But as well as a decline in popular files list, I do question the decline in “Top New Files-In the last day”. Take these numbers with a grain of salt, but I think last year a good week day in Top New Files could be like 70-80 sales the last day, while now it is around 30-55 on a normal week day. Am I wrong or do someone else remember similiar numbers for totally fresh new items?

I also wonder if Ben is talking about growing sales number or just growing AJ revenue because of ADP.


I would guess revenue, as sales numbers really aren’t that relevant anymore. That’s another thing I forgot to bring up in my previous post - that the crazy focus on pure sales numbers, rather than earnings, has become even less relevant as we now have flexible pricing.

If you must quantify a track’s worth, earnings would be the logical choice. Not sales numbers on a $0.01 track. :thinking:

Most other big stock sites stopped displaying sales numbers and earnings years ago. It really doesn’t do much other than inspire copycats and hackers, boost egos, concentrate sales to a few select tracks (buyer group mentality), and scare buyers away from 0 sale tracks.

Of course, this is most likely not that good for mega sellers.


Wouldn’t an Audiojungle exclusive item being included in Elements be a violation of its exclusivity? It blew my mind to see that a recent long-time number one AJ hit is also available at the Elements trough.


Very good point

After new year I’ve lost almost half sales. so I can see that not only me have that issue :frowning: , so life goes on :smile: I belive that this issue will be noticed by envato! - in my opinion elemnts is not good idea. take care guys!

James could you tell mee (you are on elements) what about elemens income? how it works? thanks

James, I have been in the music for media business, and really the “music business” for 3 decades and what I can say is that success never lasts forever. Talented writers and even singers and “side” musicians all hit a huge break at some point, but eventually that “Big Break” fades away and unfortunately, so does the consistent revenue flow.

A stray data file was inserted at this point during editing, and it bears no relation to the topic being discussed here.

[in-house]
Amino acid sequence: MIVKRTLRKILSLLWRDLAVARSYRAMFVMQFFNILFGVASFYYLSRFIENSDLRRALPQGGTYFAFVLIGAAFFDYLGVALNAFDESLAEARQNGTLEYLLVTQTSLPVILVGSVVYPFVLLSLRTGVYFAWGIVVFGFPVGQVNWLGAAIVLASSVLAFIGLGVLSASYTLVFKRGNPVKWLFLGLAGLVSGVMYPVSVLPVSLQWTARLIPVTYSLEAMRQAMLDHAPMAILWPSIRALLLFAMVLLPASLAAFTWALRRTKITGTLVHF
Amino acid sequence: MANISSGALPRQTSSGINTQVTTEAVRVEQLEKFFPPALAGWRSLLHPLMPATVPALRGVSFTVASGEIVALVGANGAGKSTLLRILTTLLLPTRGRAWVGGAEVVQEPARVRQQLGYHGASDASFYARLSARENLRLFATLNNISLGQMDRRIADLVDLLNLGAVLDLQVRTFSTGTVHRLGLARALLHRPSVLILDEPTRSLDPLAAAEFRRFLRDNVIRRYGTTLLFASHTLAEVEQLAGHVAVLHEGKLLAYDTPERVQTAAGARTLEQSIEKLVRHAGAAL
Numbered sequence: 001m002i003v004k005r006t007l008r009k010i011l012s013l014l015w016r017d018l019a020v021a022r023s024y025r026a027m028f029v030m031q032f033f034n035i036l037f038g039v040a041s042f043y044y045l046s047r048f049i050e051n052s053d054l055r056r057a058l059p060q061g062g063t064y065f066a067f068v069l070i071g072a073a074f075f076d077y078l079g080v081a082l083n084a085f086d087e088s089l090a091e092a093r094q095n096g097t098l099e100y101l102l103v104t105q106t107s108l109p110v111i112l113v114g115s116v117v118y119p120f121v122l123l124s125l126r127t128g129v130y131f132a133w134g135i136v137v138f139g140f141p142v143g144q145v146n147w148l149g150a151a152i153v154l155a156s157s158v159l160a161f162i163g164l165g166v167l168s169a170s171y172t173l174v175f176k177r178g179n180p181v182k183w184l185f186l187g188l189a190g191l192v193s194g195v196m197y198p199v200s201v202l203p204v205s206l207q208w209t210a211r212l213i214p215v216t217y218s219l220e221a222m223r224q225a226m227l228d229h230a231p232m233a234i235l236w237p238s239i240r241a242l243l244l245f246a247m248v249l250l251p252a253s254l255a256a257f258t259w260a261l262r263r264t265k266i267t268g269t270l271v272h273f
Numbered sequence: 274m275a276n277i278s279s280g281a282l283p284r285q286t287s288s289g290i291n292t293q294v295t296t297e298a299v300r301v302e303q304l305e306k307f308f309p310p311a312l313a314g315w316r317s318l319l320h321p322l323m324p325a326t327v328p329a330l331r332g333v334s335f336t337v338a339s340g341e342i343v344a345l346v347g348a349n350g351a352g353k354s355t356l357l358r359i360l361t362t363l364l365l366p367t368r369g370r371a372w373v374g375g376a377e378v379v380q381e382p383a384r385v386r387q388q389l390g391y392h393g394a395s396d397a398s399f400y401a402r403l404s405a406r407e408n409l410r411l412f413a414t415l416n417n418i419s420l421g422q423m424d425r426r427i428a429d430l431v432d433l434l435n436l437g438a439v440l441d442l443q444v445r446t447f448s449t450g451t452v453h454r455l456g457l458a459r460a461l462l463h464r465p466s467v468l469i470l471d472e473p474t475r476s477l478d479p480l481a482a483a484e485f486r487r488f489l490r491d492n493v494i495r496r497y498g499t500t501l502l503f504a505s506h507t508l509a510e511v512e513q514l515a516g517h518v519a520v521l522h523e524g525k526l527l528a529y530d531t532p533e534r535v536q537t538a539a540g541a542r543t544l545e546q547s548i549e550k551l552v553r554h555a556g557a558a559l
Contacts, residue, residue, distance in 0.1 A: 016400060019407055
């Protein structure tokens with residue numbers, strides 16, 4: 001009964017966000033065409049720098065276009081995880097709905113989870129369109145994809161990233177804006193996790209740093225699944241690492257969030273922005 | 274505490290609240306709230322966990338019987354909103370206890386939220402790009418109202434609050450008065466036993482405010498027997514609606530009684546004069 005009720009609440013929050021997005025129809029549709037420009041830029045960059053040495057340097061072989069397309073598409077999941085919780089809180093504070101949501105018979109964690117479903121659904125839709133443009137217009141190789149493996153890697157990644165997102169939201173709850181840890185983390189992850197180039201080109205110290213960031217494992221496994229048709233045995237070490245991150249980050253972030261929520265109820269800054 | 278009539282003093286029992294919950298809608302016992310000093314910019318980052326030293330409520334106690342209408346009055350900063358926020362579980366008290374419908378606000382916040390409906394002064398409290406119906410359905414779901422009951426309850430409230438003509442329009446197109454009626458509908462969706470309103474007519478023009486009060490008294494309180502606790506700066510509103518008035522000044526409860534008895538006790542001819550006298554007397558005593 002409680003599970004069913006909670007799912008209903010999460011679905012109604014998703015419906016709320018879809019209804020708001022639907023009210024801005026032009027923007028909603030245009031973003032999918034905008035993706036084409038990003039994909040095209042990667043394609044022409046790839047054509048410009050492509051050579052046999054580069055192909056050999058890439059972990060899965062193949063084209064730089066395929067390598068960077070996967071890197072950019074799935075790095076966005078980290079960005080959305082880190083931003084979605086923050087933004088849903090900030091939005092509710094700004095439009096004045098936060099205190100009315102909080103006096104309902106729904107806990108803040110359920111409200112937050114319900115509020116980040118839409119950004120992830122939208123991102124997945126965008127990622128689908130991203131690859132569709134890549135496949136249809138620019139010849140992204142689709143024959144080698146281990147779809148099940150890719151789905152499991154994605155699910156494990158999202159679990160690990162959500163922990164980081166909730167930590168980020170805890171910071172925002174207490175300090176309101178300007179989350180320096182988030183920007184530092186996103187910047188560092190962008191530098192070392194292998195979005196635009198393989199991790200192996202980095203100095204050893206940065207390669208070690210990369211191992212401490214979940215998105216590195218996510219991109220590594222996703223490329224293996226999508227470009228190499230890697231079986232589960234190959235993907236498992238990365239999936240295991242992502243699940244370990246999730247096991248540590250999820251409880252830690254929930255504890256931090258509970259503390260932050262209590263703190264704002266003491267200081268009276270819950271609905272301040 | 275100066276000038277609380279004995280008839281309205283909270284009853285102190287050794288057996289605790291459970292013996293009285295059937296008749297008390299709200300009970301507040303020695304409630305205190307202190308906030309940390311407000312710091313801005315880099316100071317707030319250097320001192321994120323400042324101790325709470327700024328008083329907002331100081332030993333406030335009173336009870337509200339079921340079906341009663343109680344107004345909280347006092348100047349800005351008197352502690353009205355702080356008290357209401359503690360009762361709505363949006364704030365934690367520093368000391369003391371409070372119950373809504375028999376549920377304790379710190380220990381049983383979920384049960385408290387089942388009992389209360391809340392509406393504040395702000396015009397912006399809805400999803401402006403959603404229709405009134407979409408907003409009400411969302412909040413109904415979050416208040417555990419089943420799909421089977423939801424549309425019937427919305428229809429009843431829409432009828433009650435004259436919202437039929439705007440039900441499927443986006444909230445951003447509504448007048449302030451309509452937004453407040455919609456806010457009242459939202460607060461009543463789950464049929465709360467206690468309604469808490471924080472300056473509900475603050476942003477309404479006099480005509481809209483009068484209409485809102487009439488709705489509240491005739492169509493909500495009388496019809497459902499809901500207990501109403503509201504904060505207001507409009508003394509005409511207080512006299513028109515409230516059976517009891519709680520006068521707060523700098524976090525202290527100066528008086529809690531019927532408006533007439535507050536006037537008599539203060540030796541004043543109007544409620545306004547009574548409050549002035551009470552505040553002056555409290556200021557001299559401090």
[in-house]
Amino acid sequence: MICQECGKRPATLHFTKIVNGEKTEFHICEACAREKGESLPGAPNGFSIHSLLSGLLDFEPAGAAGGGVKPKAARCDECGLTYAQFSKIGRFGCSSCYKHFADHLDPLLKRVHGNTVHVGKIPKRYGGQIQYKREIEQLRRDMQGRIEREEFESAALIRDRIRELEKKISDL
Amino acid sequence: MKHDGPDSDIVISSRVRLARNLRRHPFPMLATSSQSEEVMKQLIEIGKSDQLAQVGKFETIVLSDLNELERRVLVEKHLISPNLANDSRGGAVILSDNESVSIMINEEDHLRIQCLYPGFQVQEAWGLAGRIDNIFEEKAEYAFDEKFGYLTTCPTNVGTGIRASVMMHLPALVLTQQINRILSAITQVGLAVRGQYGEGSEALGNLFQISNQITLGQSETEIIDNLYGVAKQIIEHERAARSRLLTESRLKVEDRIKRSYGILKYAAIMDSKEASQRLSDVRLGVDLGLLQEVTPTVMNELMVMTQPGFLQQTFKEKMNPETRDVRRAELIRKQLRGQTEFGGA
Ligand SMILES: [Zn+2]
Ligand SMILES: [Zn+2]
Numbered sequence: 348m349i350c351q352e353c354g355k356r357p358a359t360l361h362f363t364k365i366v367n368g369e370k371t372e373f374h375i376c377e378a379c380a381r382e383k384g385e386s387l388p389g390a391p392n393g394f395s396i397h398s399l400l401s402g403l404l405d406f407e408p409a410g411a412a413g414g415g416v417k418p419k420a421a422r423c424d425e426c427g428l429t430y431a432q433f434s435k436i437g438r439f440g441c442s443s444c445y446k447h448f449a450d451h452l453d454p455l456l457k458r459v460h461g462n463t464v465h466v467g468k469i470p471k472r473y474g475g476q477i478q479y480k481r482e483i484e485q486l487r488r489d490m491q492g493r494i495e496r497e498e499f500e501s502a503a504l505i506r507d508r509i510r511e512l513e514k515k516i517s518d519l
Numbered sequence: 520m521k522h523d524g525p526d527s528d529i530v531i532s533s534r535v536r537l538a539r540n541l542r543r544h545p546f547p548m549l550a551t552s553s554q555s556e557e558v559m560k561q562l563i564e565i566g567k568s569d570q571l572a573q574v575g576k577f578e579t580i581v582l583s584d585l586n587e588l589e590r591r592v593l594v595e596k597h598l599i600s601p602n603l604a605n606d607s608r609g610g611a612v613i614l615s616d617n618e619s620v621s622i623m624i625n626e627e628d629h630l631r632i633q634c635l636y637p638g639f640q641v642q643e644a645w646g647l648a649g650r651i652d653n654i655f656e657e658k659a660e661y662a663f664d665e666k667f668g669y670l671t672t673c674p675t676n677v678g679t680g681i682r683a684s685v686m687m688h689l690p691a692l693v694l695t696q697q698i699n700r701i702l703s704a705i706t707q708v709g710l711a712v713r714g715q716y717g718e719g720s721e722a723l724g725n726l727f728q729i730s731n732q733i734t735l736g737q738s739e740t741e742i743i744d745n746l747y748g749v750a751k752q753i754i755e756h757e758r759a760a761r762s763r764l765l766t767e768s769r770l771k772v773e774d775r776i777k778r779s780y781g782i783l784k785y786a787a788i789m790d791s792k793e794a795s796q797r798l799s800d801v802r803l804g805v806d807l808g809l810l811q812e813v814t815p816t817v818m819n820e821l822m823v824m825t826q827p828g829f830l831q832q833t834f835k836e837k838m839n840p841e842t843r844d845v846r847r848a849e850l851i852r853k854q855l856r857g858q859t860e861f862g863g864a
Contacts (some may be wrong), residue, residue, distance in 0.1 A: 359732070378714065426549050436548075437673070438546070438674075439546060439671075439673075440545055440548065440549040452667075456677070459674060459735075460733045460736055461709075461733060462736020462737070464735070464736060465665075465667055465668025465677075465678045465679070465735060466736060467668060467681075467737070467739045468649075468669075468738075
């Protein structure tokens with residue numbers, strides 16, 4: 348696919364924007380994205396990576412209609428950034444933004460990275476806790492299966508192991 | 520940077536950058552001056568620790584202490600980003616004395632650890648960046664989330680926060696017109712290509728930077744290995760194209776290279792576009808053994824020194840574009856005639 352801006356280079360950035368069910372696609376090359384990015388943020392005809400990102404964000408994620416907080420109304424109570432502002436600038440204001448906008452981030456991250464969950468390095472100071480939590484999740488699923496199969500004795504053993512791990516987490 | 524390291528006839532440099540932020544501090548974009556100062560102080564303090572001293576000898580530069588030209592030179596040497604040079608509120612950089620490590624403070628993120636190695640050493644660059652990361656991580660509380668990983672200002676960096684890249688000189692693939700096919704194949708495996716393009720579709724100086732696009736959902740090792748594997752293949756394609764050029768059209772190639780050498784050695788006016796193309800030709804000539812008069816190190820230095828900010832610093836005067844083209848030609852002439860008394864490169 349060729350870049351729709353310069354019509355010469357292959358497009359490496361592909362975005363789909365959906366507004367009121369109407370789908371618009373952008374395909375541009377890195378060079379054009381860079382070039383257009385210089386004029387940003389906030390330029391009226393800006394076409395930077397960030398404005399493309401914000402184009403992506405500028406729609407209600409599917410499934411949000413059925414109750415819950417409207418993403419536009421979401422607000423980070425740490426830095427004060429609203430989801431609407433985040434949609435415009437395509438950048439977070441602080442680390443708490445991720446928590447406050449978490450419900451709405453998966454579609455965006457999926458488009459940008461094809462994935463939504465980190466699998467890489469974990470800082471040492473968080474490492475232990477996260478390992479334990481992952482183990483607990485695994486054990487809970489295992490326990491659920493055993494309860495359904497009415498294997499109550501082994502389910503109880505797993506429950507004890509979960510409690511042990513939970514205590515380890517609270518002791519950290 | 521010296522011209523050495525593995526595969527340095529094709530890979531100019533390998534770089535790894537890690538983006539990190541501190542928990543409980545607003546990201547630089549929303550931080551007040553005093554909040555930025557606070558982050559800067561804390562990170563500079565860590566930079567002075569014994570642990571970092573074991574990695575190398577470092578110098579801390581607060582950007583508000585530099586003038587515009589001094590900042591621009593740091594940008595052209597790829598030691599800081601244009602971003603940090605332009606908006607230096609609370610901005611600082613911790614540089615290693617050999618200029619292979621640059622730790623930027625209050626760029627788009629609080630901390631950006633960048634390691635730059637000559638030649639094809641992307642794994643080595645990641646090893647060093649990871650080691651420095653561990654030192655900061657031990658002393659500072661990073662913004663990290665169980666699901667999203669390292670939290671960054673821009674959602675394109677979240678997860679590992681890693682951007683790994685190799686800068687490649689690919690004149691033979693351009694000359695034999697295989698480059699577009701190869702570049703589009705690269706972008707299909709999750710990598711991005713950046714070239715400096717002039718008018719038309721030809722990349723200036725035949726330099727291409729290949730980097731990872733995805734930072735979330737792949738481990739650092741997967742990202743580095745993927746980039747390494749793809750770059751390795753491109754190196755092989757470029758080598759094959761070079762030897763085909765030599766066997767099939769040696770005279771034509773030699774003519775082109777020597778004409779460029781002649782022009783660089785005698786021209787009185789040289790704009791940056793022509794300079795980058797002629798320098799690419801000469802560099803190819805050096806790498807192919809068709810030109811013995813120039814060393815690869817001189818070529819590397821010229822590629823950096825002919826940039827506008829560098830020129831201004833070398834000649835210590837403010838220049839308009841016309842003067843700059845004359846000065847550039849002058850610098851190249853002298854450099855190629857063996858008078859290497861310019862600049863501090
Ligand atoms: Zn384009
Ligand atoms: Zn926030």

What kind of “breaks” am I talking about? Well it could be landing a series of big TV spots that pay big sync fees, or work for hire fees, and a lot of performance royalties. It could be writing for a popular tv show that provides good stable income for 5 years, but then the show dies. It could be singing on a huge USA advertising campaign and collecting residuals for 2 years. It could be getting booked to be in the band of a high profile TV show like Saturday Night Live, the the Late show, or performaing every night at a theatre (Union musician, steady gig, Insurance paid for)

These are events and breaks that provide stable and good income for short to medium term periods.

Eventually everyone has to reinvent themselves. I have lived and worked in a major market for many years and what I can say is that every professional musician I have ever met, and recorded with has had to reinvent themselves and their revenue streams. Not just once in a career, but probably 3 or 4 times.

Nobody remains on the top of the charts forever. My theory is that eventually everyone who needs to buy your track will have already bought it.

Like Flumen, I have found a way to increase revenue, not sales, but revenue is up since ADP. Can everyone simply forget about sales? Sales are needed, but now that you set your own price, you can look for other ways to increase revenue. Revenue is all that matters now. Would you rather sell one license a month at $999? or would you feel better if you sold 50 licenses a month for $15 ($750 in revenue)?

I still really believe that most corporate, professional customers simply do not care about price points between $20 and $60. They will search for what they need and buy what they find if it works best for their job. That was the way I behaved when I sought out a photo for an album I released 3 months back. I paid $25 for a photo. It just was not worth my time to seek out $5 options. I found what we wanted and bought it.